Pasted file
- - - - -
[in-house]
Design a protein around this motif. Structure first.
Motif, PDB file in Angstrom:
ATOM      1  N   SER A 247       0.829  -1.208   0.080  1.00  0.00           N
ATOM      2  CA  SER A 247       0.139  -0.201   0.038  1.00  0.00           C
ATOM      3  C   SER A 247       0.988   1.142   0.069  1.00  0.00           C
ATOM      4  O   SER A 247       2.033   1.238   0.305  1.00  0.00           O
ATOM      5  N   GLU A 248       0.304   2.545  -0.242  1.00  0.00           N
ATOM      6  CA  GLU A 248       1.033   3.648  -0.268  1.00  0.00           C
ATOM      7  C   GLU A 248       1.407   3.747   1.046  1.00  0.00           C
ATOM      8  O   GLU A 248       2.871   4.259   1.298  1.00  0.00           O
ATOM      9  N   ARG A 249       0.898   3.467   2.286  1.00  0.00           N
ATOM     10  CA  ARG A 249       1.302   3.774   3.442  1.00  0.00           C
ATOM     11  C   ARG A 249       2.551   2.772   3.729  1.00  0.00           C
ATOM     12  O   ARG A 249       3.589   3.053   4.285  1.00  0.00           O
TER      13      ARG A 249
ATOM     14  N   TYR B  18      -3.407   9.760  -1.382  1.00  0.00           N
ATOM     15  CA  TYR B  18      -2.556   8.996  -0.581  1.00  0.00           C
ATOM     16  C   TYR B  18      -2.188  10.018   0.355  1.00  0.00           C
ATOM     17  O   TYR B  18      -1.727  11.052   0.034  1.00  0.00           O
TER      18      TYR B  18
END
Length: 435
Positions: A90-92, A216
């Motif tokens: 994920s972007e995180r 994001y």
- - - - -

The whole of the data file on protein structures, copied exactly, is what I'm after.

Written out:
[in-house]
Design a protein around this motif. Structure first.
Motif, PDB file in Angstrom:
ATOM      1  N   SER A 247       0.829  -1.208   0.080  1.00  0.00           N
ATOM      2  CA  SER A 247       0.139  -0.201   0.038  1.00  0.00           C
ATOM      3  C   SER A 247       0.988   1.142   0.069  1.00  0.00           C
ATOM      4  O   SER A 247       2.033   1.238   0.305  1.00  0.00           O
ATOM      5  N   GLU A 248       0.304   2.545  -0.242  1.00  0.00           N
ATOM      6  CA  GLU A 248       1.033   3.648  -0.268  1.00  0.00           C
ATOM      7  C   GLU A 248       1.407   3.747   1.046  1.00  0.00           C
ATOM      8  O   GLU A 248       2.871   4.259   1.298  1.00  0.00           O
ATOM      9  N   ARG A 249       0.898   3.467   2.286  1.00  0.00           N
ATOM     10  CA  ARG A 249       1.302   3.774   3.442  1.00  0.00           C
ATOM     11  C   ARG A 249       2.551   2.772   3.729  1.00  0.00           C
ATOM     12  O   ARG A 249       3.589   3.053   4.285  1.00  0.00           O
TER      13      ARG A 249
ATOM     14  N   TYR B  18      -3.407   9.760  -1.382  1.00  0.00           N
ATOM     15  CA  TYR B  18      -2.556   8.996  -0.581  1.00  0.00           C
ATOM     16  C   TYR B  18      -2.188  10.018   0.355  1.00  0.00           C
ATOM     17  O   TYR B  18      -1.727  11.052   0.034  1.00  0.00           O
TER      18      TYR B  18
END
Length: 435
Positions: A90-92, A216
């Motif tokens: 994920s972007e995180r 994001y």